1/30/11

1942, Invasion-Malta Board game

Last week I found an unexpected copy of the World at War magazine in my postbox. Now I don't mind getting magazines for free so I quickly scanned through the contents of this WWII-themed magazine and my interest was soon caught by an article about the Axis Invasion of Malta, 1942; an invasion which never took place. “The war in Europe might've been much different had the Axis 'pulled the trigger' on their detailed plan to conquer Malta.”

Not only was the detailed article an interesting read, it made me think of the possibilities of transforming this very interesting 'what-if' scenario into a board game. Using the British august '42 situation on Malta and the Axis plans for Operation C3, as the plan was named by the Italian high-command, it is possible to form a surprisingly interesting scenario. What would have happened if the Axis had actually pulled the trigger? Well, give it a try!

Axis forces:
  • 5 Italian infantry divisions (sea-borne)
  • 80 artillery pieces (sea-borne)
  • A few dozen Italian assault-guns (sea-borne)
  • An Italian assault-swim battalion (sea-borne)
  • An Italian Marine regiment (sea-borne)
  • 2 Italian para-regiments (sea-borne)
  • 3 German Flieger regiments (air-borne)
  • 2 German Panzer companies (sea-borne)
British forces: 
  • 14 infantry battalions
  • 11 tanks 
  • 2 artillery regiments
The 'what-if'
From 1:00pm on the night of august 15th 1942 the first of two Italian regiments of paratroopers would descend from the sky, soon three German regiments would follow and attempt to set up a perimeter before their seaborne comrades would come ashore. They did not know what to expect when they landed, in fact had the original plan been carried out they had landed on top of the British reserve-brigade. But will the British player position his reserve-brigade on the same spot and where will the Axis player land his airborne-troops.
The same might take place on the “beaches” if Axis intel fails as it historically did. If an Italian division comes ashore directly in front of Fort Campbell on the northern shore of Malta it will be slaughtered.

Axis intelligence on the British troops defending Malta and its position were not very accurate. Thus gathering intelligence on the British strength and disposition can be an interesting addition to the game. Will your paratroopers land on top of a British brigade and be shattered?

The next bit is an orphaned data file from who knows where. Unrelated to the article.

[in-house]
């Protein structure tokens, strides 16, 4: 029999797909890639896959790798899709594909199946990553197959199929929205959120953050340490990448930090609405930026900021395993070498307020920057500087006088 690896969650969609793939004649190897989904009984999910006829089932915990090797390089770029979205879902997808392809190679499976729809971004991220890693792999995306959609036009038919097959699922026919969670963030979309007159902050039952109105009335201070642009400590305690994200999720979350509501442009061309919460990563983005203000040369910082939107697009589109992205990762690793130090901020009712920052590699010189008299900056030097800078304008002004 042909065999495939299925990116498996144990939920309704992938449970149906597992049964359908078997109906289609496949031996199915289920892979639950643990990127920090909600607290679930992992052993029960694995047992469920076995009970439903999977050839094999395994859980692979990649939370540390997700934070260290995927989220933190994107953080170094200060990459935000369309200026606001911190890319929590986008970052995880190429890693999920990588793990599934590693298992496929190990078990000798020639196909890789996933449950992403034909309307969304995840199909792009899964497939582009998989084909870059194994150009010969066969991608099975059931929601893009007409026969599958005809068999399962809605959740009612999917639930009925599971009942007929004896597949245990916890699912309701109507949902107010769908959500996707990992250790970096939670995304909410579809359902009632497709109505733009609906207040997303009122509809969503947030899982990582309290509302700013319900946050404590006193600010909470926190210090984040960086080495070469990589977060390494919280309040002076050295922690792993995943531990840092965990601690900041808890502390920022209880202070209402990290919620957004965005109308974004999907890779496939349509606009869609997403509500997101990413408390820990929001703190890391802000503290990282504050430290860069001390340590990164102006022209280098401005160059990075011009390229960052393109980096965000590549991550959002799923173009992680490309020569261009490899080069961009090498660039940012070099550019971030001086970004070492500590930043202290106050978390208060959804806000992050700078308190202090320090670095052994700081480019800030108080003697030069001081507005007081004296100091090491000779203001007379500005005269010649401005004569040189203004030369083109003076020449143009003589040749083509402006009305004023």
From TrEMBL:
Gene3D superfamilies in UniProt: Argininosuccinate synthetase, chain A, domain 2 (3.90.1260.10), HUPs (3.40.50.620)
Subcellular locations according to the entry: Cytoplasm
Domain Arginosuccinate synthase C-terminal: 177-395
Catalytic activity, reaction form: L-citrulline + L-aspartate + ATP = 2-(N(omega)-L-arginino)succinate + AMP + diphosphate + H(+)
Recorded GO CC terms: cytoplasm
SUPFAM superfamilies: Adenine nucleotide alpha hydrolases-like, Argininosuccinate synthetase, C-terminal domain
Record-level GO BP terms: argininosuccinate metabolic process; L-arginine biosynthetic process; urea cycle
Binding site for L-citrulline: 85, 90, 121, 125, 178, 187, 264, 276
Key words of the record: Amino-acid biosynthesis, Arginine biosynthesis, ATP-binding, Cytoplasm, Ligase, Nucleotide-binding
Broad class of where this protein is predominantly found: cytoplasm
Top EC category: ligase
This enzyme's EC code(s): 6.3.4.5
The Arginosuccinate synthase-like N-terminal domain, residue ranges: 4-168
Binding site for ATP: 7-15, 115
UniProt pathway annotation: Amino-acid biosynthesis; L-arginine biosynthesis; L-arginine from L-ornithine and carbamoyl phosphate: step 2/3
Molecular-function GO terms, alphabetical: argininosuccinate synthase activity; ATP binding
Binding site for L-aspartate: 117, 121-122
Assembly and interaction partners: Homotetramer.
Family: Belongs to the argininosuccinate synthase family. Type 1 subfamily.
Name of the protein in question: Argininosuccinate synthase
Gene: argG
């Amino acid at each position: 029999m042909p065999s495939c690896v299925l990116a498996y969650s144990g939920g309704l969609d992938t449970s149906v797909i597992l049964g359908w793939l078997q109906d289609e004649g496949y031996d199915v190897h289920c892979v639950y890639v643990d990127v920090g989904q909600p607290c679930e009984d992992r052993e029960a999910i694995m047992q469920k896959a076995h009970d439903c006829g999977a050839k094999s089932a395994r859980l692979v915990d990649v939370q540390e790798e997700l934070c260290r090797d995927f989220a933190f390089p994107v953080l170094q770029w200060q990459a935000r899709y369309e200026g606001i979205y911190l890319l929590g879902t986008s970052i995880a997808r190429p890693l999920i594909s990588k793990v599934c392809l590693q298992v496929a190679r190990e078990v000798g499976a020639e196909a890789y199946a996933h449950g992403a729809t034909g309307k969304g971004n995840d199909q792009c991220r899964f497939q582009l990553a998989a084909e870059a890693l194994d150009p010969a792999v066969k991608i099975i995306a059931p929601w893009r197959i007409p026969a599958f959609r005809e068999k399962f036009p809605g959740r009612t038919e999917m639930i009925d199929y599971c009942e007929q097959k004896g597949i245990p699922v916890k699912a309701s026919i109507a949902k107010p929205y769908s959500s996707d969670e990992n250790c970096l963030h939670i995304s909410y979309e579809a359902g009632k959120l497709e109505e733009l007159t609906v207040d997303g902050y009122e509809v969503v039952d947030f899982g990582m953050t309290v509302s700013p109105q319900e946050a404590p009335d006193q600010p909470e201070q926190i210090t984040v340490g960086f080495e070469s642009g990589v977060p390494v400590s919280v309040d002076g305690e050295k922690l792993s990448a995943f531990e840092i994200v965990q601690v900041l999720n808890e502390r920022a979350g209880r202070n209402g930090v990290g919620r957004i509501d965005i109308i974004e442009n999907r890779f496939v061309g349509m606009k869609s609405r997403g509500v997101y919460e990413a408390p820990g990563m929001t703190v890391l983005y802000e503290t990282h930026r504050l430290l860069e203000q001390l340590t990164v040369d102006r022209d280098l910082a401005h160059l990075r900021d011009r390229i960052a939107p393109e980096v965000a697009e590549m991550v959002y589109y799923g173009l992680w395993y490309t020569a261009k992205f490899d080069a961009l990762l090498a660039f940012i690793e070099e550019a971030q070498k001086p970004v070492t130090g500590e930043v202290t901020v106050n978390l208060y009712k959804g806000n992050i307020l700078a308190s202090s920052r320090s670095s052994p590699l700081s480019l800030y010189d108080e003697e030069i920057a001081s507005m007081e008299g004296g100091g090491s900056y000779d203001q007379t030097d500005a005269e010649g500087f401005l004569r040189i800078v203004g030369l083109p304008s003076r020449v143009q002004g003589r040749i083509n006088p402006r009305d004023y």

But will it be an interesting board game to play? 
As the invasion never took place and so neither of the players is 'in the knows' about what the other will do. As neither side held a decided advantage and there were many aspects which could lead to failure or disaster for either side the game can hang in the balance for quite a long period. The initial invasion might be successful, resulting in a strong bridgehead for the Axis player  but if the Italian navy lives up to its reputation, and scampers after taking a beating, and fails to resupply the ground-forces it might all go awry just as well. Just as well the game might be decided early on for either side by a stroke of luck.

The Royal Navy was not lord and master on the Mediterranean sea, as they would be from '43 onwards, yet. Both players have to decide how to use their naval assets, the Axis has to deter the Royal Navy, stationed in Alexandria, from interfere but will need to support the landings as well.
The British fleet, although much weaker then their Italian counterpart, had two decided advantages, supply and morale. The Italians had to ration fuel and would thus be unable to use their capital-ships much more then a few days, choices will have to be made. Another fragile asset for the Axis player will be the morale of the Italian navy; a series of defeats and their fleet will withdraw to the safety of its harbours.

Malta is a very rugged little island. Landing 100.000+ troops on its rocky shores, as Operation C3 called for, would have been a hazardous and possibly disastrous undertaking. Let alone bringing ashore the German panzers and Italian self-propelled artillery necessary to bring the invasion to a successful end.
Which brings us to another difficult problem for the Axis player: supply. Not only fuel, food and ammunition but water will be in short supply from D-day +1.

The different aspects and phases of a Malta Invasion board game:
  • August 13, 14, 15 Axis intelligence gathering of British troop disposition 
  • August 13, 14, 15 British intelligence gathering of Axis intentions
  • August 13th British-player troop disposition
  • August 15th Axis-player chooses landing beaches
  • August 14 to August 30, Naval Warfare
  • August 15th the battle commences
  • An Italian Navy morale chart
  • Surprise factors for the Axis side
  • Terrain factors because of the rugged terrain


The question: make or not to make?
A bit of research turns up Invasion of Malta: 1942, a small bonus game to Avalon Hill's 1977-title  Air Assault On Crete. It seems however, detail is lacking (Fort Campbell is not on the map) as are many of the important side-aspects of Operation C3. This and the fact it would be hard to find necessitate a new Invasion-Malta board game; I would love to play it for sure.
Avalon Hill's Invasion of Malta: 1942

3 comments:

  1. If you're willing to try this on a computer and want a top-notch engine for simulating the "what-ifs" of a Malta Invasion, I highly recommend Matrix Games' "Conquest of the Aegean." Very realistic and highly challenging AI.

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